The cuts will be coming from Ford Blue, the company’s legacy internal combustion engine business. Earlier this year, Ford split itself into two entities, with Ford Blue covering ICE vehicles and Ford Model E focused on electric vehicles and software projects. At the time, Ford said that Ford Blue would generate the revenue that would help power Ford Model E to develop new and innovative products.
But now, it seems like Ford Blue will have to generate those revenues with far fewer employees. The cuts, which Bloomberg reports have not been finalized and could still change, are likely to come in phases, starting as soon as this summer. Ford employs around 31,000 workers in the US, where the bulk of the cuts is expected to fall.
According to the Detroit Free Press, Ford CEO Jim Farley sent a video message to employees Thursday morning, in which he didn’t deny that layoffs were coming and reiterated the goal of reducing operational costs at the company.
T.R. Reid, director of corporate and public policy communications at Ford, declined to discuss what he called “speculation by others about our business.”
“We’re reshaping our work and modernizing our organization to deliver on the transformation plan we call Ford+, which includes leading in the disruptive and exciting new era of connected, electric vehicles,” Reid said in an email to The Verge. “We’re reshaping what is happening across all of our automotive business units and the entire company. And we’ve laid out clear targets for improving our cost structure along the way, so we’re lean and fully competitive with the best in the industry.”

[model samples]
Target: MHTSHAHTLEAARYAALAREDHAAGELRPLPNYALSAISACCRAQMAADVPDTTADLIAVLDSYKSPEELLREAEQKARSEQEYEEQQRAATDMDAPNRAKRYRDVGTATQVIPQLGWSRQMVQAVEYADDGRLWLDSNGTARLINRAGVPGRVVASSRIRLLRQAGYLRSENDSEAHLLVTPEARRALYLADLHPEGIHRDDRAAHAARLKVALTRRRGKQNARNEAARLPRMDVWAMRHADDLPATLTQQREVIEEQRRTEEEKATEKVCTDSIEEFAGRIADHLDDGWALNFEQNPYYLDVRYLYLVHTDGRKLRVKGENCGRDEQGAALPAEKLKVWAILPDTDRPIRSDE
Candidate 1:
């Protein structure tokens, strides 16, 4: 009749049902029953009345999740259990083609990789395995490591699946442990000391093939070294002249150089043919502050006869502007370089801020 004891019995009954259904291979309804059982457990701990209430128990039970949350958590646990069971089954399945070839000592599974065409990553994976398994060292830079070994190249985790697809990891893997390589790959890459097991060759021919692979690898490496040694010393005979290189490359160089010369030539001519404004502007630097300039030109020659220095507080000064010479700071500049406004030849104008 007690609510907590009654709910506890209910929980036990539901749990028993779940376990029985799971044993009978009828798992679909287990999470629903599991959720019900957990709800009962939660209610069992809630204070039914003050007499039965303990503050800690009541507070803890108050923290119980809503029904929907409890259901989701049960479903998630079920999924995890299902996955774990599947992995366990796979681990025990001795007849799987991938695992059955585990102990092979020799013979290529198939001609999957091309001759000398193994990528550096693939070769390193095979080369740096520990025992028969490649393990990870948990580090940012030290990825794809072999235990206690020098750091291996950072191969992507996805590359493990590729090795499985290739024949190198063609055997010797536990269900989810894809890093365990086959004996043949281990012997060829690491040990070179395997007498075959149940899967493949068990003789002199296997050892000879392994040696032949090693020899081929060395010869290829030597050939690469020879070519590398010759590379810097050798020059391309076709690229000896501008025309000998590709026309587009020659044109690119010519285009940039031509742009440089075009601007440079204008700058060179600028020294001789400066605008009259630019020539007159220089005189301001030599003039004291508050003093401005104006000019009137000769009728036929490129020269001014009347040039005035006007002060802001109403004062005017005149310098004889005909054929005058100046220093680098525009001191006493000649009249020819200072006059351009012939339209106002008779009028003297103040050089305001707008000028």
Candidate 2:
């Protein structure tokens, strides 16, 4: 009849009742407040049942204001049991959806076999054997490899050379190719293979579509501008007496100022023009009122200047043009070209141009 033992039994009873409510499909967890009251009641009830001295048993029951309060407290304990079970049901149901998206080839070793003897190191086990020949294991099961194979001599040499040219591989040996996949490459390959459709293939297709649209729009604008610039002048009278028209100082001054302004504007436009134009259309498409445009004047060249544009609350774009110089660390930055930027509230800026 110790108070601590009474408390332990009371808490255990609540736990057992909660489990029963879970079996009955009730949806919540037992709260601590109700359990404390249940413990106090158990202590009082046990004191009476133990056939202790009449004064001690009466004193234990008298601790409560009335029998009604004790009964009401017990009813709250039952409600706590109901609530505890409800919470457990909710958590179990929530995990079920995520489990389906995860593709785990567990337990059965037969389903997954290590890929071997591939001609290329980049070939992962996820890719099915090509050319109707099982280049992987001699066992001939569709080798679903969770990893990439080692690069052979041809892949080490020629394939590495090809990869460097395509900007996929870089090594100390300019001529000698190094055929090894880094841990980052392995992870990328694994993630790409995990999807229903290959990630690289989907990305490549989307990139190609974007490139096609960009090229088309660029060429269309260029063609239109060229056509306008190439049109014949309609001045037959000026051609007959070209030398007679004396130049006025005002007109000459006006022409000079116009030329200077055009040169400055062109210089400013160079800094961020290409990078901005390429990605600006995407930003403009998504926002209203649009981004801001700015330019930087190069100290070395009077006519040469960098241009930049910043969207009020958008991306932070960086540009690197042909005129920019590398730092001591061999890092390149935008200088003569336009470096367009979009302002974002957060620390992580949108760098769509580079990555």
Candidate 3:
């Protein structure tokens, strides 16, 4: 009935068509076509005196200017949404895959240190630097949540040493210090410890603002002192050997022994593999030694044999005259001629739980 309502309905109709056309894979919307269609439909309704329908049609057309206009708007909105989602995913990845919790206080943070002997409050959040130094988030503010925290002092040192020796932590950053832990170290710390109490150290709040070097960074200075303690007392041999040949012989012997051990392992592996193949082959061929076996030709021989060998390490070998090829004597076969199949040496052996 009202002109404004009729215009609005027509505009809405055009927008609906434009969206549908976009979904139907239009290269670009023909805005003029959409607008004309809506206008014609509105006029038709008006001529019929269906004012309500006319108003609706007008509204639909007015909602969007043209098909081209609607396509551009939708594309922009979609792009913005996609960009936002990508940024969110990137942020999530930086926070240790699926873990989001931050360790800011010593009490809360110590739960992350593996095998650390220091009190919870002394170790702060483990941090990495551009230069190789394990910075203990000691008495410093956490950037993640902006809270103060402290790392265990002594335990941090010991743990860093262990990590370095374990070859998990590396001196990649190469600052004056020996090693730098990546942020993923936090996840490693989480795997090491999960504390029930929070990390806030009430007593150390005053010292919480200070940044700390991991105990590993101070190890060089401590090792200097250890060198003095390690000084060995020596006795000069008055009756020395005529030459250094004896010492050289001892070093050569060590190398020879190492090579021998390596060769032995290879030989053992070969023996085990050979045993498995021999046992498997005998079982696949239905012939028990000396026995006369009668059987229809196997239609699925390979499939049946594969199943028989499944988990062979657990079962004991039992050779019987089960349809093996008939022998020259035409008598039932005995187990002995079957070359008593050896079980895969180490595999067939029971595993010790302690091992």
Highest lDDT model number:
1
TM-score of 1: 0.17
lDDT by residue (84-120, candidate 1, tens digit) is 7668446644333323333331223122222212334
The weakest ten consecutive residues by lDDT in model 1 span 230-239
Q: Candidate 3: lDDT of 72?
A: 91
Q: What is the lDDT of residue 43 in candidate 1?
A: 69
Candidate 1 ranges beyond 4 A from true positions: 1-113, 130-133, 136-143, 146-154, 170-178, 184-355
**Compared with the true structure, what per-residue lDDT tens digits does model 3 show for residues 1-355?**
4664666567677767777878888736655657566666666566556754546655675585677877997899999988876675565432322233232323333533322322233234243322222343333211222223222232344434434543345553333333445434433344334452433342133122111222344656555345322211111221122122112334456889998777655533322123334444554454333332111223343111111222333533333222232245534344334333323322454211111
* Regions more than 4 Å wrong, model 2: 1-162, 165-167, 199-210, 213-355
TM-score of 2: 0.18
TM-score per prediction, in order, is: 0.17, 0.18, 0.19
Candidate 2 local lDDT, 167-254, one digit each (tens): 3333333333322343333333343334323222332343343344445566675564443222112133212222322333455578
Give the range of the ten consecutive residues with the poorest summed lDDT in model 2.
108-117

Ford has said it intends to spend $50 billion on its shift to electric vehicles. When he announced the restructuring, Farley said that Ford Blue must be a “profit and cash engine for the entire enterprise.”
But profits have been tough to come by amid a broad shift in the auto industry. Ford lost $3.1 billion in the first quarter of 2022, mostly due to a steep drop in value in its stake in EV company Rivian. The company’s operating profit was $2.3 billion, down from $3.9 billion in the first quarter of 2021.
Ford has said that cutting staff is key to boosting profits. And thanks to rising material costs, its hottest selling vehicles, like the Ford Mustang Mach-E, are struggling to meet their own margins. The company has said its re-engineering its vehicles on the fly to improve profits, including introducing cheaper-to-manufacture battery chemistries.
The company has said that by late 2023, it plans to have enough battery supply so that it can support the production of 270,000 Mustang Mach-Es, 150,000 Transit EVs, 150,000 F-150 Lightnings, and 30,000 units of a mystery all-new midsize SUV destined for release in Europe.